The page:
By William Brown
In previous blogs we have looked at several anomalies in market and foreign trade data related to North Korea, including the crude oil situation and the won exchange rate. In the former, we conjecture that China’s government has simply put crude oil “off the books” since January 2014 and that the flow continues in its normal pattern despite zeros shown in its custom bureau’s monthly data. No good explanation is available—all exports are supposed to be counted and if not, China’s overall trade and balance of payments statistics, even its energy use data and national accounts data, i.e. its GDP, is likely corrupted. So, this decision must have been made at the highest levels, possibly to put pressure on the Pyongyang regime, a veiled suggestion perhaps that it should not take the gift of crude oil for granted. The other issue, of even more importance, is the continuing stability of the North Korean won against the U.S. dollar in informal trading markets despite a sharp deterioration in North Korean export earnings as reported by its trade partners. This speaks to the success the Kim regime has made in handling overall inflation and somehow controlling money changers who one would suspect are anxious to trade won for dollars every time a new rocket is fired, and more sanctions imposed. The informal market rate as of December 11, according to Daily North Korea, was 8,005 won per dollar, an appreciation of 6 percent over the past two years. Still, the tough sanctions on North Korean exports are just now really coming into play so this bears close watch. Other prices are volatile, moving up and down in big jumps, suggestive of active but thin markets. In Pyongyang, over the two years to 11 December:
Domestically produced goods have tended to fall in price:
Imported prices have risen, suggestive of a sanctions impact, although they have fallen in recent weeks.
Food and fuel no doubt are two of the most important products traded in North Korea’s relatively new markets; indeed, they are so important, government attention and regulation should be expected, and transactions constrained in some ways. Gasoline, for instance, still requires a coupon but the coupons can apparently legally be bought and sold, unlike normal ration tickets. Defector surveys indicate that only about a fourth of household food supply now comes from rations with the remainder purchased on the market. These markets may be capped, or prices otherwise constrained by the government, but they seem to be telling a story that forces of supply and demand are in operation and that the government is not interfering too much, allowing prices about like those in China and many times what can be afforded in the state’s controlled system of wages and benefits.[i] Whether this is a matter of deliberate policy or a loss of state control over production and distribution is an important ongoing question.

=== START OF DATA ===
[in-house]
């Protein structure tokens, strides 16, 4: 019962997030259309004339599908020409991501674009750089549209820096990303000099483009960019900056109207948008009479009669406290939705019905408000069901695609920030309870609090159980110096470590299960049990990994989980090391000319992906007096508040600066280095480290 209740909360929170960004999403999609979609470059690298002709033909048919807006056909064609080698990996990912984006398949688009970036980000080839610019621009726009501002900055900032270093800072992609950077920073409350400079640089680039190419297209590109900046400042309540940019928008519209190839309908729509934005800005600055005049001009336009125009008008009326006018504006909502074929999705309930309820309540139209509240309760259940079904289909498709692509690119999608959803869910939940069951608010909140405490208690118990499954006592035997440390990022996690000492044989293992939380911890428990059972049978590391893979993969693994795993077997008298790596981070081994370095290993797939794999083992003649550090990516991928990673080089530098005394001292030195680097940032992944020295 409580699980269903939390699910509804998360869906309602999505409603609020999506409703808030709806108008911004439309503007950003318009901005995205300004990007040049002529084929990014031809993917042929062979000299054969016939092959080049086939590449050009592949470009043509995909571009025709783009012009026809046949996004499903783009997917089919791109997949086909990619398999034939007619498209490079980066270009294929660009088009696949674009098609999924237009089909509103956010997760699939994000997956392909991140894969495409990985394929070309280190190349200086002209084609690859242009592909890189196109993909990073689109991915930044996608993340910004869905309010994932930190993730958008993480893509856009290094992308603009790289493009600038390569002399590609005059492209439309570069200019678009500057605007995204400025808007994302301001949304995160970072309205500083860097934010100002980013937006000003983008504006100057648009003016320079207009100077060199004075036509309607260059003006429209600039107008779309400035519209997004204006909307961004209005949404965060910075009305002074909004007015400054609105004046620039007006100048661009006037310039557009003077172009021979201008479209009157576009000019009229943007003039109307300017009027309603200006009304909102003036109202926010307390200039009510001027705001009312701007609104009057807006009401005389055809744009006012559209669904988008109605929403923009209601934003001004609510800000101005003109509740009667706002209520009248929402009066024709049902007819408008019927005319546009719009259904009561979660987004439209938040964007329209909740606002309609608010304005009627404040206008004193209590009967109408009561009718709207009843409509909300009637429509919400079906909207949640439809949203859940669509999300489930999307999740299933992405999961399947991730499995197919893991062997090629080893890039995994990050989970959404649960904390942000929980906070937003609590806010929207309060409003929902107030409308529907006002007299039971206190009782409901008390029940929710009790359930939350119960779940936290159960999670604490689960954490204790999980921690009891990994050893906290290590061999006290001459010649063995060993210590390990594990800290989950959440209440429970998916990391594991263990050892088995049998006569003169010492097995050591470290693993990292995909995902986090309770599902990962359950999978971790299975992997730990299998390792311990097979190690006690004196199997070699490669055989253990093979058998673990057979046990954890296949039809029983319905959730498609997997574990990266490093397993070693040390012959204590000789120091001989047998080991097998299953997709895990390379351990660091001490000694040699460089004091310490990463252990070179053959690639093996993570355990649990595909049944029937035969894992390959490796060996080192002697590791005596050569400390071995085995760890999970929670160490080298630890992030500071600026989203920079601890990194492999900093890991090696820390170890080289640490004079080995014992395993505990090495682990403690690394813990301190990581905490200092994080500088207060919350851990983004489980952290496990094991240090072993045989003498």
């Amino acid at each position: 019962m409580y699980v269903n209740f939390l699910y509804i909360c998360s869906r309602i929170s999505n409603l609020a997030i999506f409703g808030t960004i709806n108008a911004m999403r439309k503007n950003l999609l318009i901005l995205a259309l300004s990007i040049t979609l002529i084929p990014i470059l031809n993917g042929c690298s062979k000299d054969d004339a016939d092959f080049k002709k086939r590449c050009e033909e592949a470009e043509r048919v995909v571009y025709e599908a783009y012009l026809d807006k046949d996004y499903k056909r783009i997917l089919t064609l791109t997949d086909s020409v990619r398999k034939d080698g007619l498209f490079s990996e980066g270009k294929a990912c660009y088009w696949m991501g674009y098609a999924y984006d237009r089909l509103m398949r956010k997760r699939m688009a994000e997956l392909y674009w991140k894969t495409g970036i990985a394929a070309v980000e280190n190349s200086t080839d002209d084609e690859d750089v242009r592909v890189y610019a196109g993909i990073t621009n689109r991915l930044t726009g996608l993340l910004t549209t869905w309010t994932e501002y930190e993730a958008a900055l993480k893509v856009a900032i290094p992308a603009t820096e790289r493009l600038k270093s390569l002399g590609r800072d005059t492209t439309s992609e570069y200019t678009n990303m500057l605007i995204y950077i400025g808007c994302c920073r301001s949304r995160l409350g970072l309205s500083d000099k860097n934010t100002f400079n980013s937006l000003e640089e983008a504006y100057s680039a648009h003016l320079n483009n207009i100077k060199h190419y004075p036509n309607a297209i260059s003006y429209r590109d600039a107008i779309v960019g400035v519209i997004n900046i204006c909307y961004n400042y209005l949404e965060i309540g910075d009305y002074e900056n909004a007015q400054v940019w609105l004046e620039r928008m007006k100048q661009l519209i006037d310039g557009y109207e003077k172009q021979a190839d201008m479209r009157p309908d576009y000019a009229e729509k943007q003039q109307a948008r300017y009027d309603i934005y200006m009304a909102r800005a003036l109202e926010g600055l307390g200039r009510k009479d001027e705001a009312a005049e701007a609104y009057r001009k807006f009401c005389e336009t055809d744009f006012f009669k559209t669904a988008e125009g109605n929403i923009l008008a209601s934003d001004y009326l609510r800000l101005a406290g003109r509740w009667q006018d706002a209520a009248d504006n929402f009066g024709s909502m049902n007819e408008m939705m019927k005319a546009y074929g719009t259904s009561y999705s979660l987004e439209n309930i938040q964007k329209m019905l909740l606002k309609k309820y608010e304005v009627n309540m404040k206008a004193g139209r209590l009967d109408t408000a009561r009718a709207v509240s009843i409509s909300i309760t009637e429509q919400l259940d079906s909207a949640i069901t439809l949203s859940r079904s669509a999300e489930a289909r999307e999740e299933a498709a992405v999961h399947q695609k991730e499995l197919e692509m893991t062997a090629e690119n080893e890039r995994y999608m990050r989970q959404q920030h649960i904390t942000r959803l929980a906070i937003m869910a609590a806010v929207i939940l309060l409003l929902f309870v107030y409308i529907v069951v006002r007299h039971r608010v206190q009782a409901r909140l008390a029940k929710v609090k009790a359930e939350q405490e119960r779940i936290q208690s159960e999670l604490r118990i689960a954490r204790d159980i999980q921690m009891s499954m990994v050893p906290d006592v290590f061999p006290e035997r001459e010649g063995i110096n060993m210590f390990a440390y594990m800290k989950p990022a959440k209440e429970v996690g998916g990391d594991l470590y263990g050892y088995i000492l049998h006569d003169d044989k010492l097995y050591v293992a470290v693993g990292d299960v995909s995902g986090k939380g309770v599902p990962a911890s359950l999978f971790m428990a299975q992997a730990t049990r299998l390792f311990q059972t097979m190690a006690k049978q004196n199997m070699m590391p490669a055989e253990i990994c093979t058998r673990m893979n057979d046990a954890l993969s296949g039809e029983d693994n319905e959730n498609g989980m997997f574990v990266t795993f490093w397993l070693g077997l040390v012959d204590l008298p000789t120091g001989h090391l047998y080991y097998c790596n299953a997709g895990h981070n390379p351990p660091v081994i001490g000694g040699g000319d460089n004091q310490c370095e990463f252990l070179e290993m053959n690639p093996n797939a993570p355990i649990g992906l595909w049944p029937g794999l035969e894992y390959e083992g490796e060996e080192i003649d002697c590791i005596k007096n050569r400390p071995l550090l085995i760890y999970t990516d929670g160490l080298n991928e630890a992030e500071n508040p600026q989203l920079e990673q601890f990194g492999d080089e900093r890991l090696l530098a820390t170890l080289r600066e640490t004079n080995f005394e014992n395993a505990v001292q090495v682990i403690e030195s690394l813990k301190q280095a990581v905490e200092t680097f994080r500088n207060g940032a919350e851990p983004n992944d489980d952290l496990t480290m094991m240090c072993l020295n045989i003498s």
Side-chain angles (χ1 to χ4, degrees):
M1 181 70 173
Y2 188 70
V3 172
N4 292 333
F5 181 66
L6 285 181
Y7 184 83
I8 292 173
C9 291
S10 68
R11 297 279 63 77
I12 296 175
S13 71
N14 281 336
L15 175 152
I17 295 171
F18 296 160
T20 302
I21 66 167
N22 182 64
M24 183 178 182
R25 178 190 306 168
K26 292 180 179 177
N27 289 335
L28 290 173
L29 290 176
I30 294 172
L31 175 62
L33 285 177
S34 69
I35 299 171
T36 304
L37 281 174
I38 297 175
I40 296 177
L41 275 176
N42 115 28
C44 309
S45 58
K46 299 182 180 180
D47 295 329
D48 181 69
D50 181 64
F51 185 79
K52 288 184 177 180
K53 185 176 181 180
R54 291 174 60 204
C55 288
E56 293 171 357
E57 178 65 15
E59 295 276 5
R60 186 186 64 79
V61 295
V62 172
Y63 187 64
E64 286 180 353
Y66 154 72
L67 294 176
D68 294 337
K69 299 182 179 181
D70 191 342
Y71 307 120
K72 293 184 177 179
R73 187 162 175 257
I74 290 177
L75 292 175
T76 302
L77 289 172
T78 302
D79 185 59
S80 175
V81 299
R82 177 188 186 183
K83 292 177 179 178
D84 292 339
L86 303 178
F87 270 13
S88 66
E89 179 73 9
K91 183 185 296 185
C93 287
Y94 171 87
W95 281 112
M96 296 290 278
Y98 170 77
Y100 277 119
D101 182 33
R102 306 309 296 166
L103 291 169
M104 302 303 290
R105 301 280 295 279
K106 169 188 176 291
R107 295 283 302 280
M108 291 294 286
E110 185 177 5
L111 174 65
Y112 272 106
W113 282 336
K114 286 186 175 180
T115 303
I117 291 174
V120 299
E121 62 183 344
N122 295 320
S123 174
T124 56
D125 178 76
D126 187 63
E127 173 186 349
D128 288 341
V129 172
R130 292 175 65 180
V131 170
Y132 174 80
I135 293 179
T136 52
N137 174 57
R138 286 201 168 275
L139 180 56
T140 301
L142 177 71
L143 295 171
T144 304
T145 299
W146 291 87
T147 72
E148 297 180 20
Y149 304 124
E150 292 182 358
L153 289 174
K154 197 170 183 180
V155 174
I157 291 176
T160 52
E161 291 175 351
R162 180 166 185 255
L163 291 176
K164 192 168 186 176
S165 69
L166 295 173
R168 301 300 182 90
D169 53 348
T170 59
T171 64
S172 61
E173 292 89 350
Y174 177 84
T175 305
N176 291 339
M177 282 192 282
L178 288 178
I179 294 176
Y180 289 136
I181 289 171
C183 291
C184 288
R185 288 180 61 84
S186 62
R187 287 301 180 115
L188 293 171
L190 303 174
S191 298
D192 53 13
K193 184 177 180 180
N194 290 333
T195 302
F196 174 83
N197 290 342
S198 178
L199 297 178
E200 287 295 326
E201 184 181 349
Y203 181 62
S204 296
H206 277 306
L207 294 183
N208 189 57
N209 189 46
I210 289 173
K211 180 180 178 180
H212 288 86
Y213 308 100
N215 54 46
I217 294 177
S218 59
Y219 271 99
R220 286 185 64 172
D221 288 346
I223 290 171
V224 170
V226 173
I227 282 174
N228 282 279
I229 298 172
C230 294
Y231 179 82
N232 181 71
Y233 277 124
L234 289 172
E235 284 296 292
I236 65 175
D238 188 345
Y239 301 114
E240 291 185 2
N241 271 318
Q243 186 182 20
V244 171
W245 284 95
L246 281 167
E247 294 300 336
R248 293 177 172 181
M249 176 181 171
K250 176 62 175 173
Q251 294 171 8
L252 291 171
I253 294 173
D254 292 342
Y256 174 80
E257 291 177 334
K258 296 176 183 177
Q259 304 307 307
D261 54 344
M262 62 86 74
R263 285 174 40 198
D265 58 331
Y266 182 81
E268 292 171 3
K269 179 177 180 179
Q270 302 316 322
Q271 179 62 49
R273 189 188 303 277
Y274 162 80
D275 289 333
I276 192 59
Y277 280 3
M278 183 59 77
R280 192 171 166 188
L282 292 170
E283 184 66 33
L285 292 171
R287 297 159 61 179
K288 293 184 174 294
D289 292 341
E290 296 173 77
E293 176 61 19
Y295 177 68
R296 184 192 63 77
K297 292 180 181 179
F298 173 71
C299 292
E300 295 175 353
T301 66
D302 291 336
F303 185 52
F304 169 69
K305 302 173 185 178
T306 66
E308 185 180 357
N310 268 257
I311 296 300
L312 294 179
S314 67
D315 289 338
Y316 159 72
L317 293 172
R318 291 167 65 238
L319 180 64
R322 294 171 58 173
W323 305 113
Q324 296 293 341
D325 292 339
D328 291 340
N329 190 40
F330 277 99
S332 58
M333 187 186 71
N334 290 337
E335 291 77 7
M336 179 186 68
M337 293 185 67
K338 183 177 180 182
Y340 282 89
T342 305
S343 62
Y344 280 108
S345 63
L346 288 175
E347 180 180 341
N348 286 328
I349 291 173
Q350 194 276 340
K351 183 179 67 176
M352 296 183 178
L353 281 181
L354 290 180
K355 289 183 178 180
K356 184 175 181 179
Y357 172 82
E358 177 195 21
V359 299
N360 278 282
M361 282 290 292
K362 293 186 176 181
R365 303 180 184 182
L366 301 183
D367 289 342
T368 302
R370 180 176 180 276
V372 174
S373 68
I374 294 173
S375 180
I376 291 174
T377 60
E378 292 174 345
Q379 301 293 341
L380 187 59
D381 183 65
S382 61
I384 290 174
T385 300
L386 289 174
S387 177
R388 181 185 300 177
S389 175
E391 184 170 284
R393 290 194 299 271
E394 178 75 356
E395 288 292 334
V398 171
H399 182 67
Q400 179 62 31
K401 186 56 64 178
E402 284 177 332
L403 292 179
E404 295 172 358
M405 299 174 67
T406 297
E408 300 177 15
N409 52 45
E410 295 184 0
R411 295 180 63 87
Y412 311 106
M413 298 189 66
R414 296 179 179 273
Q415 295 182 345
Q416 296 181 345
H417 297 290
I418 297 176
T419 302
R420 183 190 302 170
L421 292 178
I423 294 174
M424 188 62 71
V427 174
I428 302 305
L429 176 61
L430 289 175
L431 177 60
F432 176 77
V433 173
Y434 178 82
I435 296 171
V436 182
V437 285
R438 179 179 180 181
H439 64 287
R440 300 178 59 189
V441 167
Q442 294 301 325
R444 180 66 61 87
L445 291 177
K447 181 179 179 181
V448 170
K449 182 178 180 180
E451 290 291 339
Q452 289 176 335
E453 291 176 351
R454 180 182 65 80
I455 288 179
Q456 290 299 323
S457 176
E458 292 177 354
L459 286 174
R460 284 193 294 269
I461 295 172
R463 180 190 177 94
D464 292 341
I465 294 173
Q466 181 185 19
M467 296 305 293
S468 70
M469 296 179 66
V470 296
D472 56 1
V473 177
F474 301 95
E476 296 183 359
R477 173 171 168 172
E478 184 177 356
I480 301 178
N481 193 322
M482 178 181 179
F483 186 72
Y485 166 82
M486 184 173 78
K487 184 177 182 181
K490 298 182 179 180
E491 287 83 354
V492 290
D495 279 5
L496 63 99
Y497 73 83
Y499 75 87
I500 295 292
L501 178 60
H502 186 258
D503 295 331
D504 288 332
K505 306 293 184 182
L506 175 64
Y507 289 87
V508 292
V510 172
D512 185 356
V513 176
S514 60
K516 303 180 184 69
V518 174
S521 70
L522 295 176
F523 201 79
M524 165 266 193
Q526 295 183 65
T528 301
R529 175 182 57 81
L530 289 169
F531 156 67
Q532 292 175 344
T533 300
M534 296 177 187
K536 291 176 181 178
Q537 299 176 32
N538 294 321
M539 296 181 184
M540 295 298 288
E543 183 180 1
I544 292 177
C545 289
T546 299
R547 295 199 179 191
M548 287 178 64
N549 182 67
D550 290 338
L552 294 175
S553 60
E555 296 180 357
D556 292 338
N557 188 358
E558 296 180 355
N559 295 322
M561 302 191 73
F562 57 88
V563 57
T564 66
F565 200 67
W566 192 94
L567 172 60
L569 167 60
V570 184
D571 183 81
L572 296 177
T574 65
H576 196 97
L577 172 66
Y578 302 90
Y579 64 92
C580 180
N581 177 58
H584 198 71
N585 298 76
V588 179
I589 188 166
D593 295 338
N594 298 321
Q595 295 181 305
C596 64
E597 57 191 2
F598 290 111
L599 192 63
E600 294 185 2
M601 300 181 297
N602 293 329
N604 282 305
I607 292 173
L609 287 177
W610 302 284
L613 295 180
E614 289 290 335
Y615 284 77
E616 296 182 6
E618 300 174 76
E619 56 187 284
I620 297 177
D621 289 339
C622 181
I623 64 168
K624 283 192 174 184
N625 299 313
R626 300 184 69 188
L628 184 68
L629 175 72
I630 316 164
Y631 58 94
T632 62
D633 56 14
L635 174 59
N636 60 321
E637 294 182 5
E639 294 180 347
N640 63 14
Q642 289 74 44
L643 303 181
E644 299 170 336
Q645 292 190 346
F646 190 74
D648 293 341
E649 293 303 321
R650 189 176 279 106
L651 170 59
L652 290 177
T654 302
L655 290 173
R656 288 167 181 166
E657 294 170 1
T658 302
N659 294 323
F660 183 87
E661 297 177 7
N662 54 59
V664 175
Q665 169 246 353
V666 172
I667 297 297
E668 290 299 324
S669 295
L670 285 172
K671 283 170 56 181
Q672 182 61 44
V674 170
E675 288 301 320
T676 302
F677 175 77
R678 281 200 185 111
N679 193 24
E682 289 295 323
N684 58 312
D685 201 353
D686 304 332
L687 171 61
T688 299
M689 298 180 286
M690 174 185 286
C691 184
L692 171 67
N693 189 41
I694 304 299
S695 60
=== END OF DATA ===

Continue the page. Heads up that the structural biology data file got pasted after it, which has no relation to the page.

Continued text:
Rice and Corn—a spring drought, apparently now resolved
Conflicting information this winter is apparent with respect to North Korea’s perennial food problems. The FAO reported a potential major food shortage this summer based upon drought conditions, and recent alarming reports of dead fishermen, washing up on the Japanese coast, suggest conditions may be worse than is commonly believed. Market conditions, on the other hand, provided by Daily NK’s weekly price reports, help round out this story.
Source: Daily NK
These two commodities provide the huge bulk of North Korea’s food supply and weekly prices are available in three markets, Pyongyang, Sinuiju, and Hyesan, the latter two on the Chinese border. Moreover, the relative price between rice and corn is easily figured and is in some ways the most important indicator since it should give us an idea of whether overall food, that is calories, is in short supply. The two commodities are close substitutes, but rice is the preferred product, so it will always command a higher price. In times of food shortage, however, the price of corn should approach the price of rice since calorific quantity is more important than quantity or taste. In 1996, for example, during the famine, the price of corn rose to about 0.67 percent the price of rice and held above 0.5 percent until 2003 when market reforms started to revitalize agricultural production. North Korea’s socialist command system also fixes corn at half the price of rice in its rationing, as did earlier dynasties in Korean history. For comparison purposes, world prices put the price of corn at about a quarter that of rice.
A weak harvest in 2015 put pressure on food supply but, as the graphics suggest, supply must have improved substantially in 2016 with a good harvest and prices fell. Price trends correlated with drought conditions earlier this year and the price of corn doubled from unusually low levels, while rice increased modestly, raising concerns that the market was shifting toward the lower quality product. With the recent fall harvest, however, the situation seems to have normalized as both rice and corn prices have fallen. Seasonality, of course, is important so we also show price changes from year-earlier levels. This data, as of mid-December, shows no increasing tension in the food supply and suggests the summer price hike was less worrisome than first considered.